One of the things I like about my job is wearing pyjamas to work each day that are laundered, and sometimes ironed, by the kindly NHS.
But, I have one problem with scrubs. To find a pair of trousers that are long enough in the leg, I need to wear a pair of XXLs with a crutch so low it would have suited MC Hammer in the 80s.
So I was interested to hear while listening to the Today Program on my drive to work, that Sir Stuart Rose is being drafted in to improve management within the NHS. Sir Stuart’s claim to fame is that he used to run Marks and Spencer, which gives me high hopes for my issue with scrubs and the “one size fits no-one” problem.
Could they now be designed by Per Una with a nice row of buttons and cut on the bias in pastel shades?
There must be millions of pairs of scrubs owned by the NHS and so would it really be impossible to have a few more choices in sizes? Even just a tall and short version of each size would be a start.
But wait a mo’, M&S also sell bed linen; perhaps we could have sheets big enough to fit the beds and allow the return of hospital corners?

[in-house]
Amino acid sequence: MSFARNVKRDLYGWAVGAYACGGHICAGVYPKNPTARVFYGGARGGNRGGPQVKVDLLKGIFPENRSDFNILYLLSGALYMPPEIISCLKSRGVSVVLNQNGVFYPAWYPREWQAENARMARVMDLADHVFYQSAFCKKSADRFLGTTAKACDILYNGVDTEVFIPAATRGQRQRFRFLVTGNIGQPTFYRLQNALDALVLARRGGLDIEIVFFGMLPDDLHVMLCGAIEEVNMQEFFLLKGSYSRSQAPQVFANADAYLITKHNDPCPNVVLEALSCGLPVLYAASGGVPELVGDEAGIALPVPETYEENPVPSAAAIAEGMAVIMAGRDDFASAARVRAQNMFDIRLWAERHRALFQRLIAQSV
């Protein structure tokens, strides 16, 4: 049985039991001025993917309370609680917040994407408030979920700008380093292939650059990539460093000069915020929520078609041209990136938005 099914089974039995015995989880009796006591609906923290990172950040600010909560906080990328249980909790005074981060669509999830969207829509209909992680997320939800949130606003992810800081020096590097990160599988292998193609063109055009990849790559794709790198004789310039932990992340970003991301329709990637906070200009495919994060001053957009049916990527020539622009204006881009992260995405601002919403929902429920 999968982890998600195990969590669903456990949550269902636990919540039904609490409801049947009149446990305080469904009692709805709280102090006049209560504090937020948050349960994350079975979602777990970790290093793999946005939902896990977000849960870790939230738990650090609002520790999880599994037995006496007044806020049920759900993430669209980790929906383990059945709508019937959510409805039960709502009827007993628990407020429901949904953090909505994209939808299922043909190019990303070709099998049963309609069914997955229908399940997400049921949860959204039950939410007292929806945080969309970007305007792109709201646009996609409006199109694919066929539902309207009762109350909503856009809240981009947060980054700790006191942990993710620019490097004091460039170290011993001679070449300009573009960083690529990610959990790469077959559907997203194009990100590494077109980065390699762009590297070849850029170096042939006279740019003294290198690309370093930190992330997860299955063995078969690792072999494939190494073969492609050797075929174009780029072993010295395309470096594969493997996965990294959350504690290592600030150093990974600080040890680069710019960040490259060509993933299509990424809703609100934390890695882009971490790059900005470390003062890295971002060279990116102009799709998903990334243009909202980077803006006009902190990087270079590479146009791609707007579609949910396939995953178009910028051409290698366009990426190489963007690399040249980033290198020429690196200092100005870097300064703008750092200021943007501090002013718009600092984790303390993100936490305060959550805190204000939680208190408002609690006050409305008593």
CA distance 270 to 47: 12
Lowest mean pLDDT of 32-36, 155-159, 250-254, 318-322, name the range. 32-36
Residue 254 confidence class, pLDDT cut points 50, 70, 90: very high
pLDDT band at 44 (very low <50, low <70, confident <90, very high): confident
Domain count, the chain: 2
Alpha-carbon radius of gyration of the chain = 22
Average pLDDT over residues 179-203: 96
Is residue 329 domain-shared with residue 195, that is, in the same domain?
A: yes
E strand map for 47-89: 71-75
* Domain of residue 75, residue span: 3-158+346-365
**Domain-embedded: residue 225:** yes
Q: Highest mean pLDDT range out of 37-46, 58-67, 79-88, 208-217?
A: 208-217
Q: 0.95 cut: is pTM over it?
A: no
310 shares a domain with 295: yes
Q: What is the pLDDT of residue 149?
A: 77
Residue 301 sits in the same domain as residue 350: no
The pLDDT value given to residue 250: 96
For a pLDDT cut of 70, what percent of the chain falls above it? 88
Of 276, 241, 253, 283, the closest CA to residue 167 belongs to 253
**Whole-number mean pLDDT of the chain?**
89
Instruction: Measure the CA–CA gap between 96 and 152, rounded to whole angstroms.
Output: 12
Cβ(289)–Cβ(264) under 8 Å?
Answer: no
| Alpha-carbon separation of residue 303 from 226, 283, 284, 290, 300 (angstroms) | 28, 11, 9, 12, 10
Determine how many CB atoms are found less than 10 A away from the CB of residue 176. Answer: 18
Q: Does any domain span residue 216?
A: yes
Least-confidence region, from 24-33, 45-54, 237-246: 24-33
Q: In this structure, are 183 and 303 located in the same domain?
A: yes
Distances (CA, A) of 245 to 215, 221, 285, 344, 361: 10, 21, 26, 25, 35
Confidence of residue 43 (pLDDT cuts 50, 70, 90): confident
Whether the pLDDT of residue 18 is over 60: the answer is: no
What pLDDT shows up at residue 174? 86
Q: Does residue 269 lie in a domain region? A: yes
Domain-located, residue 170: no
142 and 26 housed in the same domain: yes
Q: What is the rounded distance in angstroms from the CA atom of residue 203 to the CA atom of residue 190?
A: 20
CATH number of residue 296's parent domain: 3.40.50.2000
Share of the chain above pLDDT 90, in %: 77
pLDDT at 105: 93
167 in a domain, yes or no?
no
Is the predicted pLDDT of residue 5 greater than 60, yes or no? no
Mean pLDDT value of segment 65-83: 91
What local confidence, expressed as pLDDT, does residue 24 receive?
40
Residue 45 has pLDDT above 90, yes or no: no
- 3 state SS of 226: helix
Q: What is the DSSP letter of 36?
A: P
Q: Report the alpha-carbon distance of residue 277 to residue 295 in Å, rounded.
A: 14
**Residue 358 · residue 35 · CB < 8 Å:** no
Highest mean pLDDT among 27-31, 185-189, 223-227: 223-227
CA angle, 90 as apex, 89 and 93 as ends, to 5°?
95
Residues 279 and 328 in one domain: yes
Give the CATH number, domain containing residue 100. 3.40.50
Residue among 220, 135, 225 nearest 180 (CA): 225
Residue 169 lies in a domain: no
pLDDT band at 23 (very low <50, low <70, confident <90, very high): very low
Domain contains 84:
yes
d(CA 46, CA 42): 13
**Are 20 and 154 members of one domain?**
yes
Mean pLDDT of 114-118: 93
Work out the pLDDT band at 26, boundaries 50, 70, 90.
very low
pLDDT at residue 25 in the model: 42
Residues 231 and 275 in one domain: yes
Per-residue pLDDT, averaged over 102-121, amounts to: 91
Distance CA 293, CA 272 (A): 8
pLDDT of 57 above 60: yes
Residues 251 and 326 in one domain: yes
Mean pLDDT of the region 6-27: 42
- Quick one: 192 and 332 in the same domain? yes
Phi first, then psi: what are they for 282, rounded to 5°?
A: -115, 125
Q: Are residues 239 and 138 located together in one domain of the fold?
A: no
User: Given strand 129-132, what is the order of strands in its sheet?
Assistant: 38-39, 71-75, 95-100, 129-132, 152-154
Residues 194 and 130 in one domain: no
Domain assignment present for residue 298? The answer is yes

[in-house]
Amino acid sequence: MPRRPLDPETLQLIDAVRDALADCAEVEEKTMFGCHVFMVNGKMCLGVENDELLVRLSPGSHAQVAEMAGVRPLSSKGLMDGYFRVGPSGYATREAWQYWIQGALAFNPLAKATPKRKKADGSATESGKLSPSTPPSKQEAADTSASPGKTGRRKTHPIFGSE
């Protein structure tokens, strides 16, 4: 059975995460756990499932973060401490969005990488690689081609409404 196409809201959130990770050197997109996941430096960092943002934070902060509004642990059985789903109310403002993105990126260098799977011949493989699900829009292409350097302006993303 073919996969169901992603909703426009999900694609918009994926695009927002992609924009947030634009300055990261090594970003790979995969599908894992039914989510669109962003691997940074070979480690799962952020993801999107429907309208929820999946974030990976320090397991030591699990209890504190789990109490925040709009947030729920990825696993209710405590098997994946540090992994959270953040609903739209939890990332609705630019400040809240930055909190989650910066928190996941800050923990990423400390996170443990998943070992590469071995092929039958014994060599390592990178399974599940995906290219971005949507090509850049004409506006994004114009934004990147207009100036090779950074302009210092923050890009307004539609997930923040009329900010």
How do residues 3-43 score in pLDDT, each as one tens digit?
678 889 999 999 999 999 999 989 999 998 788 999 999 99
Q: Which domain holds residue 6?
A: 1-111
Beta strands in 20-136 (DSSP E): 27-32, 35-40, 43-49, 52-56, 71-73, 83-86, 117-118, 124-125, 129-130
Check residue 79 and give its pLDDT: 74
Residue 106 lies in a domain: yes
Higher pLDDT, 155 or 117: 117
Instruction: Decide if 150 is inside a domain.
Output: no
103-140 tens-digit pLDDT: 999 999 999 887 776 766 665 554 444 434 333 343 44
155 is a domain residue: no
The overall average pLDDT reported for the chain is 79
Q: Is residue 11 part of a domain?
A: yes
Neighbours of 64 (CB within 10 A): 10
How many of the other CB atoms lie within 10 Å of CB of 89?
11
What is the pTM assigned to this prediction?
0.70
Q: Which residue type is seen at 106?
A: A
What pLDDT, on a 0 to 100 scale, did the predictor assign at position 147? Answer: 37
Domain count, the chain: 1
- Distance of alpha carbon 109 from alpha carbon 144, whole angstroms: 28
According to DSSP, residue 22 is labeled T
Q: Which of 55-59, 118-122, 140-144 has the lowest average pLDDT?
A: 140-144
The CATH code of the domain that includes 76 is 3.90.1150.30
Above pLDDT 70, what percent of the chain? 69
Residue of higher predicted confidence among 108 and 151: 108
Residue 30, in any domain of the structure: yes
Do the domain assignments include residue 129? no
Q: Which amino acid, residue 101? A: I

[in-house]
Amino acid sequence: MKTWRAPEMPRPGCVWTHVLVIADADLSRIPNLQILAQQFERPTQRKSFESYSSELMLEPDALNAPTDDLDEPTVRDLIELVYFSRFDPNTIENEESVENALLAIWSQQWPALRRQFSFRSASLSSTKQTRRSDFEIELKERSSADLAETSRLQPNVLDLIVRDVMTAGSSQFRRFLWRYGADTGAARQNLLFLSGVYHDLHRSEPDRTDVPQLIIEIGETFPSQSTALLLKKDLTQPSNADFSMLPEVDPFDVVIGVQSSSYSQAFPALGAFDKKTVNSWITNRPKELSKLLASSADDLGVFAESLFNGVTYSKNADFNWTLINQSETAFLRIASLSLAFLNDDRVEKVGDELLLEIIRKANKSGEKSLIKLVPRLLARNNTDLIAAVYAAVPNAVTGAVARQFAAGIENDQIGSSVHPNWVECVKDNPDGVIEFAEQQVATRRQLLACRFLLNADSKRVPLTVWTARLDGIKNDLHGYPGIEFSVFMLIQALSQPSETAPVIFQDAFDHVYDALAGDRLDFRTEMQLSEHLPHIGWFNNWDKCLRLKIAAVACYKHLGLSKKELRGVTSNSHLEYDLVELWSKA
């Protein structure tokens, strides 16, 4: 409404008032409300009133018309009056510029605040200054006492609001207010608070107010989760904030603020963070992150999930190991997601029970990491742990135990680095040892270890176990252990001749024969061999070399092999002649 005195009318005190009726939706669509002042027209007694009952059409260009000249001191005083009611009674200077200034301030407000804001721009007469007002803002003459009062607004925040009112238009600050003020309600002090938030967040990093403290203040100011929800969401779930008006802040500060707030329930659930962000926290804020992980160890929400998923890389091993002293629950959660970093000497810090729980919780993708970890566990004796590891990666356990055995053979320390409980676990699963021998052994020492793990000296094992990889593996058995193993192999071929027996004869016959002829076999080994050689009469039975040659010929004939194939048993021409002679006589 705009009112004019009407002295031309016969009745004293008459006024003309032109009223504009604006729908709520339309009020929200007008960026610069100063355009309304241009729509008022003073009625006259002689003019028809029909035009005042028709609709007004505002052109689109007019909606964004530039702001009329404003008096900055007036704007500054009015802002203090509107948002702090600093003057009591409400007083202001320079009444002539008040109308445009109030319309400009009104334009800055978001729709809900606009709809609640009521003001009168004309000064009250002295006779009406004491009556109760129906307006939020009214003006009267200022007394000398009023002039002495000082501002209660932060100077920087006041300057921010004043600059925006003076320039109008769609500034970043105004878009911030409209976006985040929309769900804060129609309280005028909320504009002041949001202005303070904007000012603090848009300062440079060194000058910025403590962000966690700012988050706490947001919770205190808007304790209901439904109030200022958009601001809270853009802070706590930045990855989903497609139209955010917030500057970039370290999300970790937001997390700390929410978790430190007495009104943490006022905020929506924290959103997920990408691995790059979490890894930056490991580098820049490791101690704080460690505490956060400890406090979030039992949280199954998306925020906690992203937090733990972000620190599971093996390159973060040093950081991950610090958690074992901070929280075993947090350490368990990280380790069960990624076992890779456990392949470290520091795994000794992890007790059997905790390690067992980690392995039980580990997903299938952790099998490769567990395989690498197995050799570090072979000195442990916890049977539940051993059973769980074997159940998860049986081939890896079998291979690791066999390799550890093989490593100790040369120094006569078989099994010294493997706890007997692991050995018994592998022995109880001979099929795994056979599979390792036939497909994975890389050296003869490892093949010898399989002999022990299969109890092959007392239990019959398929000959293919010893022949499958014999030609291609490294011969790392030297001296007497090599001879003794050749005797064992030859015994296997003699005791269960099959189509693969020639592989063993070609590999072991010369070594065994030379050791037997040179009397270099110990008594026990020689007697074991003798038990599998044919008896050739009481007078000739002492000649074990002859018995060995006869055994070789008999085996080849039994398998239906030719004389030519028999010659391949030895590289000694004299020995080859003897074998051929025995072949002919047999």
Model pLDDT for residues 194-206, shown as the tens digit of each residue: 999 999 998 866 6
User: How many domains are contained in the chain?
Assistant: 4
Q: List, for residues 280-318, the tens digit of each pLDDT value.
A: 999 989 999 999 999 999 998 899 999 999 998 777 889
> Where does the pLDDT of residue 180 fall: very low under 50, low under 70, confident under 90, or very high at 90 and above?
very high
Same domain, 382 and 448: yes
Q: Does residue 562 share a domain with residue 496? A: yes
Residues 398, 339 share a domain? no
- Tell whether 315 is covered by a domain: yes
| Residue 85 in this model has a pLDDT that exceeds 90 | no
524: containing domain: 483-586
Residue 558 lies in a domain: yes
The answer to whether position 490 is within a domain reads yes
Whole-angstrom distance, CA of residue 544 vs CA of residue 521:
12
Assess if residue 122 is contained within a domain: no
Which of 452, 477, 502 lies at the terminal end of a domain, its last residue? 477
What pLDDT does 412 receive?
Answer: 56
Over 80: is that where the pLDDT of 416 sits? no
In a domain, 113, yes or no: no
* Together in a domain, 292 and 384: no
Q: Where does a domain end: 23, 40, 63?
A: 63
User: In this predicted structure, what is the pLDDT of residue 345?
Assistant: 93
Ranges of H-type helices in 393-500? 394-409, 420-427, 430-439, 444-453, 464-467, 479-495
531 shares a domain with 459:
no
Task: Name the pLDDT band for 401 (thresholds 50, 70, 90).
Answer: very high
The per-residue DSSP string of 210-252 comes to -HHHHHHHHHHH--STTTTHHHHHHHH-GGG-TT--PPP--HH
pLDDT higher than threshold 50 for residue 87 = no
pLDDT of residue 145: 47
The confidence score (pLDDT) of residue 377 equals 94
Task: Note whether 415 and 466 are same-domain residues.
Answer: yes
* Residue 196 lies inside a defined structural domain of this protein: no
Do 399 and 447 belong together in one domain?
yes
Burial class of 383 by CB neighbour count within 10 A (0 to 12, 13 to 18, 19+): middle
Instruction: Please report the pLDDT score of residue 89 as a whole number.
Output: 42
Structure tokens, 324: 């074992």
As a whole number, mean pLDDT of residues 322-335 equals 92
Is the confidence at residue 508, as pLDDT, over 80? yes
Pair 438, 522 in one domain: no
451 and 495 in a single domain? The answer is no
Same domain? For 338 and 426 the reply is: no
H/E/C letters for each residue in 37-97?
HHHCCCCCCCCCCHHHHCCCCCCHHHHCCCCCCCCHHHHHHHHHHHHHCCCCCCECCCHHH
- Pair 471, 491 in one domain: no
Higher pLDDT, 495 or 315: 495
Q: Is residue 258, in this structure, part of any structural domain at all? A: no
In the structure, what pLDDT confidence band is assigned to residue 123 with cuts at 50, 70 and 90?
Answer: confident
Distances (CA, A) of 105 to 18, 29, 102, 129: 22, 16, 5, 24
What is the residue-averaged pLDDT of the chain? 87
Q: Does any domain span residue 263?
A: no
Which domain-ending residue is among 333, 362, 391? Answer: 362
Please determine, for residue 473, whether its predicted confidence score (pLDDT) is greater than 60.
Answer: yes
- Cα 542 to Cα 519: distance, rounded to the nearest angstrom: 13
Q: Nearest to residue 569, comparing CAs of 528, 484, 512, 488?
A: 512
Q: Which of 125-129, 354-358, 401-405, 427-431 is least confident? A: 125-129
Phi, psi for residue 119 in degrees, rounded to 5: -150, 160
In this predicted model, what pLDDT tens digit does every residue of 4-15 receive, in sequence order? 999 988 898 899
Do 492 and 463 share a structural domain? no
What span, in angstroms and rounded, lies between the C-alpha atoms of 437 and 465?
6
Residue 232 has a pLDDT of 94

This set me thinking about the whole topic of someone external to the NHS, a very large public organisation, being brought in to “fix” failing trusts.
The Sky News website state’s Sir Stuart is “to become a top health advisor”, although it’s not immediately obvious where he gained this expertise in healthcare. Sir Stuart, I discover, is an advisor to the Bridgepoint private equity group which, according to their website, acquired Care UK in 2010 for €480m; are Care UK not one of the companies looking to secure a large chunk of the NHS business? And as a colleague reminded me, another external expert brought in to “sort out” a large national enterprise was Dr. Richard Beeching, moving from ICI to British Railways and then subsequently closing lines with no regard of the cost to local communities.
But I think the bit that annoys me most is the description of “failing”.
I consider myself to be fairly resilient to pressure from others, but I know from experience at school that when I’m told I’m a failure then that is what I become. Positive motivation has always been more effective; if you tell people they are “Super Stars”, doing a great job, in difficult times and saving lives, then my experience is people stepping up to the mark and doing those exact things.
Which, kind-of, leads back to my initial point. It’s the small things that help give you pride in who you are and make you feel valued; like having scrubs that vaguely fit and don’t make you feel like you have been dressed from the dressing-up basket.
Jayne Parker is a Staff Nurse working for the NHS and living in the South East with her partner, a cat and a large motorcycle.